How are mergers and acquisitions reviewed?

On Behalf of Dunlap Fiore, LLC |

Mergers and acquisitions are normal yet complex business transactions that often take place in a healthy and thriving economy. However, certain mergers may create a monopoly with the potential to stem business competition in a free market. In order to prevent this from happening, Congress passed the Hart-Scott-Rodino Act which gave the Federal Trade Commission and the Department of Justice the right to review and oversee most business transactions that surpass a certain size.

The act also gives the FTC and DOJ the authority to block any deal which, in the agencies’ estimation, would prove to be detrimental to allowing a healthy business environment where other companies can fairly and equitably compete. While there are exceptions, in general business law requires all companies, including those in Louisiana, to report any business transactions or deals that are valued over $76.3 million for review by either agency.

Once a deal is reported, either agency will launch a preliminary review to ascertain whether the proposed deal needs to be scrutinized more closely due to antitrust issues. The nature of the transaction dictates which agency will be tasked with reviewing the transaction because each agency has more expertise than the other in certain industries.

When a preliminary review is launched the transaction is put on hold, usually for 30 days. After the agency that is assigned the deal reviews it, if the hold period is still rolling and the agency does not see any potential issues with the transaction, the remainder of the waiting period can be waived and the deal may be commenced.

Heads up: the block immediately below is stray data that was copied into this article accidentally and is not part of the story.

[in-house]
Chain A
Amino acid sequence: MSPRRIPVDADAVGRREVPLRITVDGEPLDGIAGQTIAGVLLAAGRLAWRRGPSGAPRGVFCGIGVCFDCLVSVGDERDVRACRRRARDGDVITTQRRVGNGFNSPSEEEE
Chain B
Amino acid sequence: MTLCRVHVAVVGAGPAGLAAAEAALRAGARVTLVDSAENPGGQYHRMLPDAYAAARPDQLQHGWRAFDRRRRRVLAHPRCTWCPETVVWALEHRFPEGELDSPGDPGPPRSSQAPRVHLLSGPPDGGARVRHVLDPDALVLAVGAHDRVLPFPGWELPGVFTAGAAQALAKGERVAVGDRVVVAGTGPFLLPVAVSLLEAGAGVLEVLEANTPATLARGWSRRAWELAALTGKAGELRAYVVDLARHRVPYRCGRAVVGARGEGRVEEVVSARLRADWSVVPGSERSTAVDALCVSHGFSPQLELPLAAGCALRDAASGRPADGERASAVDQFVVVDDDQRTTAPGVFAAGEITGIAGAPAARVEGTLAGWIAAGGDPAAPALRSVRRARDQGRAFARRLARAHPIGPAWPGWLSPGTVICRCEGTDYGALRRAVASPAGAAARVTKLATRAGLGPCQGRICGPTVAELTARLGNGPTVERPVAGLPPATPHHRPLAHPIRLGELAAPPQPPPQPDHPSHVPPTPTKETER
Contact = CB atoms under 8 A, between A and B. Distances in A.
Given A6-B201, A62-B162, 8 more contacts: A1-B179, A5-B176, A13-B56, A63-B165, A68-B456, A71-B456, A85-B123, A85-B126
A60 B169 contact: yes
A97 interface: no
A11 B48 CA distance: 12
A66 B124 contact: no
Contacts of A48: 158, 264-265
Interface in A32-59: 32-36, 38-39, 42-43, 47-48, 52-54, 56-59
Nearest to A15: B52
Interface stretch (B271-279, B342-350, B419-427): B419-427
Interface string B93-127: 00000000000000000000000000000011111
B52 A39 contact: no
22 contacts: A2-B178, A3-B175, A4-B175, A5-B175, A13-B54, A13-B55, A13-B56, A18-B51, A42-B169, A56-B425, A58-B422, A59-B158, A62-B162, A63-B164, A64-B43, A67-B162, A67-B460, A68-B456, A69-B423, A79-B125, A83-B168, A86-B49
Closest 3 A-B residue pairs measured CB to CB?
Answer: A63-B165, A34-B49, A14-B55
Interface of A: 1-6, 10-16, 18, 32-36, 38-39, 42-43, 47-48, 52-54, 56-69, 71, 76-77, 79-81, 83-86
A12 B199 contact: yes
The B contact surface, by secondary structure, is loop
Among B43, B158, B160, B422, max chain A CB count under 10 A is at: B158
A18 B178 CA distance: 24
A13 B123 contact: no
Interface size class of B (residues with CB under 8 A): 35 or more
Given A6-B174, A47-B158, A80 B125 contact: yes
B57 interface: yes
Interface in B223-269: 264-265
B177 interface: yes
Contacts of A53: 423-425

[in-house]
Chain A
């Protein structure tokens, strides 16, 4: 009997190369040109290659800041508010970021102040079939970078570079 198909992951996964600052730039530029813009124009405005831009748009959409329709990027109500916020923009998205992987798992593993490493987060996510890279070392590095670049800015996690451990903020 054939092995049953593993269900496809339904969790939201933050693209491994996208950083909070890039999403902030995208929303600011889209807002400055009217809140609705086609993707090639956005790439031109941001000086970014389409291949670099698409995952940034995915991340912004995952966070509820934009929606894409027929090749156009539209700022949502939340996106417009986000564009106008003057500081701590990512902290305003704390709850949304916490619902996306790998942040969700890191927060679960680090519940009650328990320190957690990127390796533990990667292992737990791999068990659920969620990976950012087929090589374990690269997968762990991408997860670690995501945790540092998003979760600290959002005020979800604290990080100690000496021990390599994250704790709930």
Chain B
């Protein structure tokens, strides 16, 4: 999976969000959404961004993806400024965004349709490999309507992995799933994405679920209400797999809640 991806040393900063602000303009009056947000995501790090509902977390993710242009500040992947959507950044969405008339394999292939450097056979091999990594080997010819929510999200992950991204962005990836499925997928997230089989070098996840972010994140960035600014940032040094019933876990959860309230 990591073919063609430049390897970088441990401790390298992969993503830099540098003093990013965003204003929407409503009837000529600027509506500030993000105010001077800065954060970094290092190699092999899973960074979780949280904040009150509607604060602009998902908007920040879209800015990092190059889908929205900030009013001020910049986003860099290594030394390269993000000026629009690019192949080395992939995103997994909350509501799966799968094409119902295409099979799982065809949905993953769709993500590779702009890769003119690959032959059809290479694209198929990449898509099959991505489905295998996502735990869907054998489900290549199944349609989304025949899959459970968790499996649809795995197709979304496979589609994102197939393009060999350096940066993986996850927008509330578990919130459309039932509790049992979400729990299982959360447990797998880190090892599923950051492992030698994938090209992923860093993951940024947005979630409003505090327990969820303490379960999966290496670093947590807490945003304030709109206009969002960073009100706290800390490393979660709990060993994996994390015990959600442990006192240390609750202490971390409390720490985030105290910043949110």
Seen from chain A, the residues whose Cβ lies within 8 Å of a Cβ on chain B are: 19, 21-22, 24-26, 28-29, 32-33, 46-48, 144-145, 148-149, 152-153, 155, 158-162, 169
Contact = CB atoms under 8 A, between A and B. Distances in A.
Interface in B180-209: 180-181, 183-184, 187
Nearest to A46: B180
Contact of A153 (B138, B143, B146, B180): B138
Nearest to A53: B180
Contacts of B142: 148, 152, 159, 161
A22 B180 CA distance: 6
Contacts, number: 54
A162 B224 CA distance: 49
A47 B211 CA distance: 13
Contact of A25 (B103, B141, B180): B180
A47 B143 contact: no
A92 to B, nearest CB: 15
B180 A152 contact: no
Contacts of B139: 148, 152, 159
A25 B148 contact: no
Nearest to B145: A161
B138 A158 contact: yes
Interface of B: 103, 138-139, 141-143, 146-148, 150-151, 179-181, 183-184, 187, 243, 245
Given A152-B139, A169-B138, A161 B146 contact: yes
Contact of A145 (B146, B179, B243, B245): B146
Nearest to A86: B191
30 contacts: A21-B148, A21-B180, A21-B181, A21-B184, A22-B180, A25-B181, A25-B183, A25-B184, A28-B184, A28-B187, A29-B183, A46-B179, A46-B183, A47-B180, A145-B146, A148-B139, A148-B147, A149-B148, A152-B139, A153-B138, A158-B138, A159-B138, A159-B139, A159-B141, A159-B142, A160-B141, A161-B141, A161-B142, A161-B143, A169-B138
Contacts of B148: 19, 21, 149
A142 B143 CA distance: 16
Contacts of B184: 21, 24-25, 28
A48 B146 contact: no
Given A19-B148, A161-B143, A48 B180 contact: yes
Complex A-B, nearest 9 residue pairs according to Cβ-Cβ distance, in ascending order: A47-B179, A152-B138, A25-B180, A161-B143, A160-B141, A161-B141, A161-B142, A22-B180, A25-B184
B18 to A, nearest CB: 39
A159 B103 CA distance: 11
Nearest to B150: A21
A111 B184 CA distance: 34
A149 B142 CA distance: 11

Sometimes the agency will let the clock run out on the 30-day waiting period and if no other action is taken by the agency, the deal is then allowed to take place. If, however, the preliminary investigation raises red flags that there could be potential competition issues, then the agency can extend the review and instruct all parties involved to provide detailed information about the deal in question so that the transaction can be scrutinized more closely. The agency then typically has an additional 30 days to examine the information provided.

After the secondary review, the agency can close the investigation and allow the deal to go through, or it can enter into a settlement with the parties taking part in the deal or initiate legal action to block the deal from taking place.

Source: Federal Trade Commission, “Merger Review,” Accessed April 27, 2015